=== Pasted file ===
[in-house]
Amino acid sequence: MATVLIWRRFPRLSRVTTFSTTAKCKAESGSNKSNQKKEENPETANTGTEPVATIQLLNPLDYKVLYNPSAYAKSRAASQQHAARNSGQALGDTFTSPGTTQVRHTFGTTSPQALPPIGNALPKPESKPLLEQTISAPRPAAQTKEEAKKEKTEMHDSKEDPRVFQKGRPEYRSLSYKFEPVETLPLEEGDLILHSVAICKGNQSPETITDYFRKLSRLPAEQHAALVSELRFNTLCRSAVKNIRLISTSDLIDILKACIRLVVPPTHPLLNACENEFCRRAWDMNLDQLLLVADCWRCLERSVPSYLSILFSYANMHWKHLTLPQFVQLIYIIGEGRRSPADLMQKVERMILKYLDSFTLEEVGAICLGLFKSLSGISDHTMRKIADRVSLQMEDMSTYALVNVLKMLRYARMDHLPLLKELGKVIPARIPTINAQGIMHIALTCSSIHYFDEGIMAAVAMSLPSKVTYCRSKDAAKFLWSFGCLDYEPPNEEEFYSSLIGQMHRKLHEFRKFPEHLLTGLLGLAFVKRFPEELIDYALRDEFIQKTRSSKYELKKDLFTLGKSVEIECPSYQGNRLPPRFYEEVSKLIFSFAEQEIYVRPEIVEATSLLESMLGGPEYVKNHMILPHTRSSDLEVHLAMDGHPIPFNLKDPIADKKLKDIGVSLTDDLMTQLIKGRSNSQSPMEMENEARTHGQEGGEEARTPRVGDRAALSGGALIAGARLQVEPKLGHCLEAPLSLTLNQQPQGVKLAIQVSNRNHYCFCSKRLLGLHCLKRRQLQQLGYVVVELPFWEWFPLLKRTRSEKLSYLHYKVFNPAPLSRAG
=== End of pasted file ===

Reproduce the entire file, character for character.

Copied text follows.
[in-house]
Amino acid sequence: MATVLIWRRFPRLSRVTTFSTTAKCKAESGSNKSNQKKEENPETANTGTEPVATIQLLNPLDYKVLYNPSAYAKSRAASQQHAARNSGQALGDTFTSPGTTQVRHTFGTTSPQALPPIGNALPKPESKPLLEQTISAPRPAAQTKEEAKKEKTEMHDSKEDPRVFQKGRPEYRSLSYKFEPVETLPLEEGDLILHSVAICKGNQSPETITDYFRKLSRLPAEQHAALVSELRFNTLCRSAVKNIRLISTSDLIDILKACIRLVVPPTHPLLNACENEFCRRAWDMNLDQLLLVADCWRCLERSVPSYLSILFSYANMHWKHLTLPQFVQLIYIIGEGRRSPADLMQKVERMILKYLDSFTLEEVGAICLGLFKSLSGISDHTMRKIADRVSLQMEDMSTYALVNVLKMLRYARMDHLPLLKELGKVIPARIPTINAQGIMHIALTCSSIHYFDEGIMAAVAMSLPSKVTYCRSKDAAKFLWSFGCLDYEPPNEEEFYSSLIGQMHRKLHEFRKFPEHLLTGLLGLAFVKRFPEELIDYALRDEFIQKTRSSKYELKKDLFTLGKSVEIECPSYQGNRLPPRFYEEVSKLIFSFAEQEIYVRPEIVEATSLLESMLGGPEYVKNHMILPHTRSSDLEVHLAMDGHPIPFNLKDPIADKKLKDIGVSLTDDLMTQLIKGRSNSQSPMEMENEARTHGQEGGEEARTPRVGDRAALSGGALIAGARLQVEPKLGHCLEAPLSLTLNQQPQGVKLAIQVSNRNHYCFCSKRLLGLHCLKRRQLQQLGYVVVELPFWEWFPLLKRTRSEKLSYLHYKVFNPAPLSRAG